California in particular protects employees and doesn’t tolerate employers who fail to pay overtime, perhaps more than any other U.S. state. And salaried employees who aren’t entitled to overtime, in general, must make at least twice the minimum wage and perform certain high level duties that require independent judgment and discretion be exempt.

“But if a complaint goes forward, one employee may become a representative in an overtime complaint after getting terminated.  One former employee can represent an entire state of employees,” Kased adds.

Other Wage and Hour Complaints

“I get calls from workers in many industries who aren’t getting paid travel time, but from construction workers in particular,” Kased says. “In all fairness, the employer in construction is often confused about travel. Say you have to drive to a site two hours from home but the HQ is 30 minutes from home. You should be paid for an hour and a half hours travel time.” As for the retail and hospitality industry, meal and rest breaks are the big issue. For example, restaurant workers often don’t take full lunch breaks because they are too busy or they aren’t on time. And increasingly, Kased is hearing complaints from gig economy workers, like Uber drivers. After Assembly Bill 5 was passed, companies have found it difficult to have an independent contractor category – California protects the employee and California law views independent contractors as potentially being deprived of worker benefits. And it takes away payroll taxes.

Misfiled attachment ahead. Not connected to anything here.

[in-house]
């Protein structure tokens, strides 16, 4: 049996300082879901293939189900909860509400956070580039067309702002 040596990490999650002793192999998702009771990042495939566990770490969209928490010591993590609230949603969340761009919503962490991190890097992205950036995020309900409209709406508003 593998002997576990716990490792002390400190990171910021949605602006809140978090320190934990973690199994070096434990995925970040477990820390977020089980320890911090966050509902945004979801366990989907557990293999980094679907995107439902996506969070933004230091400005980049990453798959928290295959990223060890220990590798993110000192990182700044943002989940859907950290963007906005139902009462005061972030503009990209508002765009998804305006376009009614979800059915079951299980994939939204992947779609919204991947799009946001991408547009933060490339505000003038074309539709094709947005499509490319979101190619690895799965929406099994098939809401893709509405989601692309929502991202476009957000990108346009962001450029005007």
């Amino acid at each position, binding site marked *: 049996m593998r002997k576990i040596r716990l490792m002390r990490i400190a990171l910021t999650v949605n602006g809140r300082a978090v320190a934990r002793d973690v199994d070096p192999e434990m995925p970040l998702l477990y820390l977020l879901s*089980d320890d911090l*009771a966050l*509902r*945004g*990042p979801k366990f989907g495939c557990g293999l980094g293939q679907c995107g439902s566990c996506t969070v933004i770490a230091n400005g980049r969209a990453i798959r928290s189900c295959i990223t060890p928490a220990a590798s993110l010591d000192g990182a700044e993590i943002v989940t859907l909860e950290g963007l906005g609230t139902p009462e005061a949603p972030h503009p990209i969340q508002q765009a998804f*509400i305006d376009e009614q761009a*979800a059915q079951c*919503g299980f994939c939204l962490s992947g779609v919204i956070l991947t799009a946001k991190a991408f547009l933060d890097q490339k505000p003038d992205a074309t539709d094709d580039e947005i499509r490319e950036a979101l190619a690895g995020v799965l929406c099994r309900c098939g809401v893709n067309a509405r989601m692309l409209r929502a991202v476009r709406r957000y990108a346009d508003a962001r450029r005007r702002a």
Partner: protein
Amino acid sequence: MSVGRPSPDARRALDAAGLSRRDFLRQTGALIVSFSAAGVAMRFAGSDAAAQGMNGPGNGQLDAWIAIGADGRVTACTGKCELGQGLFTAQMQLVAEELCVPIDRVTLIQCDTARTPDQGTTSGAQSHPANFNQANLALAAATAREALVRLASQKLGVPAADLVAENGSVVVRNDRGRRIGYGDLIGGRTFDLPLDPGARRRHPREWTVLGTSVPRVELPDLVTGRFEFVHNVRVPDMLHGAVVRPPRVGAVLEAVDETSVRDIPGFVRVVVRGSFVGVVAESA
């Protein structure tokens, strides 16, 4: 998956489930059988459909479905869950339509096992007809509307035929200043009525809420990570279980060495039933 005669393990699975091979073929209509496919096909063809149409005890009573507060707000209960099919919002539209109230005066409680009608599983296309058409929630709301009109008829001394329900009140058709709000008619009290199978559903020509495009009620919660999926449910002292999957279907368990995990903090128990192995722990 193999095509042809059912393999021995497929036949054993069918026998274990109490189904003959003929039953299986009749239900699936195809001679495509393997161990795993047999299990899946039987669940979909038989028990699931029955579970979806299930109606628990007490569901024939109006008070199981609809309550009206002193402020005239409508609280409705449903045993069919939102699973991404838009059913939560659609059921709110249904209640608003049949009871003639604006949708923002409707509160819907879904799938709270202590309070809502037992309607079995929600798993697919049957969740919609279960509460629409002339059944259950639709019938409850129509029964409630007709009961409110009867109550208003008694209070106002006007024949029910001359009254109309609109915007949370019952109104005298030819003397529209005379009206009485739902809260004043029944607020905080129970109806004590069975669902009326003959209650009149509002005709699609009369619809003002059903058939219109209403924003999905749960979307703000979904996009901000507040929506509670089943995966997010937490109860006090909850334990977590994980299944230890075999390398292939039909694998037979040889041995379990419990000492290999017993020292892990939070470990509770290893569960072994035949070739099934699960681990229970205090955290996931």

He also hears from workers wrongfully terminated whose issues never got remedied. Typical complaints are about unlawful practices, like getting paid under the table, safety issues such as mold and all kinds of safety issues in construction. “Recently, an African-American gentleman told me he was verbally harassed by his boss – he was called the N-word,” adds Kased. Some issues are harder to work out with management than others.